Bank of Italy chief calls for minimum wage to improve social justice

Reading Time: 2 minutes

ROME, May 31 (Reuters) – Italian wages have recordedsome of the weakest growth in Europe over the past 25 years in real terms, the head of the central bank said on Wednesday, backing the introduction of a minimum wage to address social inequalities.

In a high profile speech, Bank of Italy Governor Ignazio Visco, who steps down this year, also spoke of the role that well managed migration could play in helping to offset the impact of Italy’s low birth rate on the economy over the next two decades.

Visco’s comments on the minimum wage contrast with the position of the right-wing administration of Prime Minister Giorgia Meloni who at the weekend said such a measure was only good in theory but could easily backfire in practice.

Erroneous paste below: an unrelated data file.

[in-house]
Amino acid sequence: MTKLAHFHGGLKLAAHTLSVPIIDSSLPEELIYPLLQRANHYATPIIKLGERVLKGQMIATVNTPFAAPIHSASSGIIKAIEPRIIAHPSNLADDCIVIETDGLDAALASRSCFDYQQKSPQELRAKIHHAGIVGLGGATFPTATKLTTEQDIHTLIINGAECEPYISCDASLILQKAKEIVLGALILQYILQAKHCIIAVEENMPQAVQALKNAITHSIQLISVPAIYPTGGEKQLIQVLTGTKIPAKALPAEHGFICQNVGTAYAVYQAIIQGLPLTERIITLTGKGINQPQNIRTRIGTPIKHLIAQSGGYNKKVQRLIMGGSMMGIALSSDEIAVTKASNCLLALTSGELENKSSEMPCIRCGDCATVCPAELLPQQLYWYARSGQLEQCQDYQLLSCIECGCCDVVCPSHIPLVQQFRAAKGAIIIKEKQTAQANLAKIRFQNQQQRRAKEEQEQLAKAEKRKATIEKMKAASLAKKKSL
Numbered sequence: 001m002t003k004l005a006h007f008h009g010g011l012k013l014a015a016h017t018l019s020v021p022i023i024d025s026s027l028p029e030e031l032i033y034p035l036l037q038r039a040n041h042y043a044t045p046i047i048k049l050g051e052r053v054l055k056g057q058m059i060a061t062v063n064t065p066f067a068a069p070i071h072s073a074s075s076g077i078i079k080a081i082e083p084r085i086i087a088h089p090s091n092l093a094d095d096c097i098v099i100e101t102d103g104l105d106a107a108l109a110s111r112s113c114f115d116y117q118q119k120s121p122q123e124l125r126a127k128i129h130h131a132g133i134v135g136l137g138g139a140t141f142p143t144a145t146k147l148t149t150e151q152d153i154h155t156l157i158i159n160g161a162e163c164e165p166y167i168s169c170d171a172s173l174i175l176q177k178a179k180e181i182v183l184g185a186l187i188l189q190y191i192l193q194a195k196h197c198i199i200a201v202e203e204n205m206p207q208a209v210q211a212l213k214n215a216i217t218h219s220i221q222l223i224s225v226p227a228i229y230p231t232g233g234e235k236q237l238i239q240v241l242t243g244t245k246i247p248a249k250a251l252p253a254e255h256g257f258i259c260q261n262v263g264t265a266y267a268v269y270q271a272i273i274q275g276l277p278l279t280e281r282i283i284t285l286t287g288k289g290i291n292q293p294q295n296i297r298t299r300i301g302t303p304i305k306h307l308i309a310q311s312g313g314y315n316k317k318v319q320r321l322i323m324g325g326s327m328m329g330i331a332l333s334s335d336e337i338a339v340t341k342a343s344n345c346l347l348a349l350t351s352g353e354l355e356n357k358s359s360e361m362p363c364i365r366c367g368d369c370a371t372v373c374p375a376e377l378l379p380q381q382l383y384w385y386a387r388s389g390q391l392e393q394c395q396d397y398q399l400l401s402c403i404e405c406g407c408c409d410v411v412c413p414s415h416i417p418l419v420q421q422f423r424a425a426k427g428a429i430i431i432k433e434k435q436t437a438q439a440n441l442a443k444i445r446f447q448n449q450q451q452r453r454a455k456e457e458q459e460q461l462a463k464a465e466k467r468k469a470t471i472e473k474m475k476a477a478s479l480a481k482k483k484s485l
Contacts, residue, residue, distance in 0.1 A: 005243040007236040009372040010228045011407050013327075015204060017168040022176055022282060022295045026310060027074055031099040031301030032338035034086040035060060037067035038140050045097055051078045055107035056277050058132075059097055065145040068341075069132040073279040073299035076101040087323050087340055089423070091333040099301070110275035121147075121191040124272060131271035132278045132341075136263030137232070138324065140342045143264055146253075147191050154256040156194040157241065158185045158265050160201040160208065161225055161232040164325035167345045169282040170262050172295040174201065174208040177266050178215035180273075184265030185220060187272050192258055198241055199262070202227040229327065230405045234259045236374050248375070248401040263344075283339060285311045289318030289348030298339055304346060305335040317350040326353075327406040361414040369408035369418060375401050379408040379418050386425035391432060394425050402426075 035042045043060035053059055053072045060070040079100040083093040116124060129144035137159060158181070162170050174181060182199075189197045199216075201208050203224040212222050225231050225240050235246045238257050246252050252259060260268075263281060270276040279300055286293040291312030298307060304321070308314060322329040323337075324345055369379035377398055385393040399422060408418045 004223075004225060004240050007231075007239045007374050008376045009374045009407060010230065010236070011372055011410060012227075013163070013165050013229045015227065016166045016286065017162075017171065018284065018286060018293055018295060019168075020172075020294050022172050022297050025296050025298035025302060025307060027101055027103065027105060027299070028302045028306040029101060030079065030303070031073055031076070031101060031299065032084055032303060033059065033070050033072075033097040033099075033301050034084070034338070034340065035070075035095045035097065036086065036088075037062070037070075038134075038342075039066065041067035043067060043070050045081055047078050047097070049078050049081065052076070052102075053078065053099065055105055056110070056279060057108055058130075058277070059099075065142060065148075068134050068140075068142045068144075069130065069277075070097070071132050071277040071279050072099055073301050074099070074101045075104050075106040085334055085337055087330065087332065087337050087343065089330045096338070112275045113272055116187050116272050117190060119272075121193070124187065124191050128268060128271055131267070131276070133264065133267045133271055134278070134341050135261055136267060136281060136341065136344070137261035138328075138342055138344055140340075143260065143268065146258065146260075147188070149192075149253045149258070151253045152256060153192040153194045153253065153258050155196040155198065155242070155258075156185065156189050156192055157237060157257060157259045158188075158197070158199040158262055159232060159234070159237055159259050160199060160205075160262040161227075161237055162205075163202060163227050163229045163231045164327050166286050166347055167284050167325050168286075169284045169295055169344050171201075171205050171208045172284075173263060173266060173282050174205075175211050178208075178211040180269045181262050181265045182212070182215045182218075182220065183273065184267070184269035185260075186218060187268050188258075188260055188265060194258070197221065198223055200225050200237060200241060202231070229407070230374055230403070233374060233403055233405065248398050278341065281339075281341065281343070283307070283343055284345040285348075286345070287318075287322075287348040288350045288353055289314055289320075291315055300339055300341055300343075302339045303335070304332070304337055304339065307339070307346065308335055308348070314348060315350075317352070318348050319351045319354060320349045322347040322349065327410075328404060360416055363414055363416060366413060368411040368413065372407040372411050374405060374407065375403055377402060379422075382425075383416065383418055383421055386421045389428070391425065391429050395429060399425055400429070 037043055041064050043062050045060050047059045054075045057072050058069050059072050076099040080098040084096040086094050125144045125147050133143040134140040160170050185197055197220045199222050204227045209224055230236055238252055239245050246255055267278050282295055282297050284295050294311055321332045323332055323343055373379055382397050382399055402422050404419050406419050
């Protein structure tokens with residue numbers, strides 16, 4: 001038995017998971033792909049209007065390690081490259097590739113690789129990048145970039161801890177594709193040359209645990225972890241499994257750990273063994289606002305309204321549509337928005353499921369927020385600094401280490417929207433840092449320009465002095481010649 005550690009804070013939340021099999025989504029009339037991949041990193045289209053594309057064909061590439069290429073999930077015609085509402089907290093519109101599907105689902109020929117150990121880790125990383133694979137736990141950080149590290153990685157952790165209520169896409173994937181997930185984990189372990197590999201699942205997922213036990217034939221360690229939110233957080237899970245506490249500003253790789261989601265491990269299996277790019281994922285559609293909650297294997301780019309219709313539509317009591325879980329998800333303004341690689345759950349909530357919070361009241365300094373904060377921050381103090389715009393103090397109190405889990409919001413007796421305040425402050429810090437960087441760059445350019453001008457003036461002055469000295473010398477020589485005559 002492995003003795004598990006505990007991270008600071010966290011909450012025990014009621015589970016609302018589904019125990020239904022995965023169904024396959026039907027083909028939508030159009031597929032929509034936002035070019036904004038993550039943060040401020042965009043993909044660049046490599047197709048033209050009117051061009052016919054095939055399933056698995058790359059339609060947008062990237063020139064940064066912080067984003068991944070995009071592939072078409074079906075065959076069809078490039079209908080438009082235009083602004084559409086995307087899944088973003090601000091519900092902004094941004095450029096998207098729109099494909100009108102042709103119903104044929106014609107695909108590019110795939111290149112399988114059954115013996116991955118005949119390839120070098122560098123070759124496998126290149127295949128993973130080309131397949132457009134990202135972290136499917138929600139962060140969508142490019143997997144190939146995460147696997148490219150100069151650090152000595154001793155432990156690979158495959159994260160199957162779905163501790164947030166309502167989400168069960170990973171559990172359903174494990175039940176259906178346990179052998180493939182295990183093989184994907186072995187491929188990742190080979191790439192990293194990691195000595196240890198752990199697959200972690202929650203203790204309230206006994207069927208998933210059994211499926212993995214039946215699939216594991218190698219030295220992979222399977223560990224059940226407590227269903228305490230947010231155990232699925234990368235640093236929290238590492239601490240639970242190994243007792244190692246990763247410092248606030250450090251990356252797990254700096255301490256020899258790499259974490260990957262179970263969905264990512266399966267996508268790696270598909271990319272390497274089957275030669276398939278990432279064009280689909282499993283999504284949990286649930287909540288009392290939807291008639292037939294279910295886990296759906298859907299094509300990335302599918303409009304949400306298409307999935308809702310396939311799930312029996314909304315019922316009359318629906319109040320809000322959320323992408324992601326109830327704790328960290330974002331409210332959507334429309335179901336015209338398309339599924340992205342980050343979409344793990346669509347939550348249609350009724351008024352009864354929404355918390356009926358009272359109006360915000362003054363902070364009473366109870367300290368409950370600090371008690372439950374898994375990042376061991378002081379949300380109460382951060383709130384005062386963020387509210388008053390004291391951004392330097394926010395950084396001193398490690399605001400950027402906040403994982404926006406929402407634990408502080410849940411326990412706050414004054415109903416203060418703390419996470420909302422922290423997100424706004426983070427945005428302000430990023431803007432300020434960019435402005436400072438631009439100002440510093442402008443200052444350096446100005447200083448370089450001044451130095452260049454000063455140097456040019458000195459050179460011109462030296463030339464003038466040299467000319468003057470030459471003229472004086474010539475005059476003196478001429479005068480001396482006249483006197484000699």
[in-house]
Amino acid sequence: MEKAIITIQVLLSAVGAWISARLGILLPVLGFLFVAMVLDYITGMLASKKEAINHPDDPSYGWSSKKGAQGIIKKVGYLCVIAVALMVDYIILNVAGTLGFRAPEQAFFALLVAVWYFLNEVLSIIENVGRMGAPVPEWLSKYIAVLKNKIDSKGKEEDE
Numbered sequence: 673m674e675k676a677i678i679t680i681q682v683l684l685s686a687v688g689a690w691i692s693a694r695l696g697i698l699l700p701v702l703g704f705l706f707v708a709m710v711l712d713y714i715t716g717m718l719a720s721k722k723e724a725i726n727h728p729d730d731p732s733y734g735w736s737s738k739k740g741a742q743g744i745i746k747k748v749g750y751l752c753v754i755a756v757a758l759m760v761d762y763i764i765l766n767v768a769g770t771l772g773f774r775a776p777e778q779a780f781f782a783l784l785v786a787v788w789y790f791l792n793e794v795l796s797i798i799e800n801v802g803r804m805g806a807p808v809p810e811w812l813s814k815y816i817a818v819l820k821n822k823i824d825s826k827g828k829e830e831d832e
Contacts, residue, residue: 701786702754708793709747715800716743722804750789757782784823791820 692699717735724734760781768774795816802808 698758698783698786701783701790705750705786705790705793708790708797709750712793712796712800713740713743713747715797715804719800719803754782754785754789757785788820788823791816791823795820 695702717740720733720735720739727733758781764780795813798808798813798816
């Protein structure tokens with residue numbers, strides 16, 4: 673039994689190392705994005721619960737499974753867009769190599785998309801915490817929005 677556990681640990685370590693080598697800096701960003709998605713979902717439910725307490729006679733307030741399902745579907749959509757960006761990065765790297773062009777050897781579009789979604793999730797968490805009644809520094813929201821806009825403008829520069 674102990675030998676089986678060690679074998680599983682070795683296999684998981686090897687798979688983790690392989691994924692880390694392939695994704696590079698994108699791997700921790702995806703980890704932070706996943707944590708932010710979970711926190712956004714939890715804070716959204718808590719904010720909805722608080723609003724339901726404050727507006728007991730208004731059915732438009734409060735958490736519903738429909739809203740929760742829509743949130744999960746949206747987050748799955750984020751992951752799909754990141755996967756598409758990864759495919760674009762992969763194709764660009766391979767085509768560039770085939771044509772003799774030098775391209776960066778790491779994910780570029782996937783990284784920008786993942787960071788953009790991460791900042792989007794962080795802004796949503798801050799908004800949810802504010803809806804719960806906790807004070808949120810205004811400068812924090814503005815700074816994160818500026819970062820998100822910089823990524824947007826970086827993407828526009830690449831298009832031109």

Visco, however, spoke at length of the problems of the jobs market in Italy, where short-term contracts have propped up employment levels but offer low wages.

He noted that a fifth of young workers were still on temporary contracts even after being in a job for five years.

“Too many, not just the young, do not have official jobs or, if they do, are not offered adequate contractual conditions, as in the other major countries,” Visco said.

“Introducing a well-designed minimum wage system could be the response to non-trivial demands for social justice.”

Visco also said the European Central Bank must tread a narrow path in avoiding either an insufficient monetary policy tightening that would cause inflation expectations to rise or an excessive restriction.

Photo by Bermix Studio on Unsplash

Once you're here...

%d bloggers like this: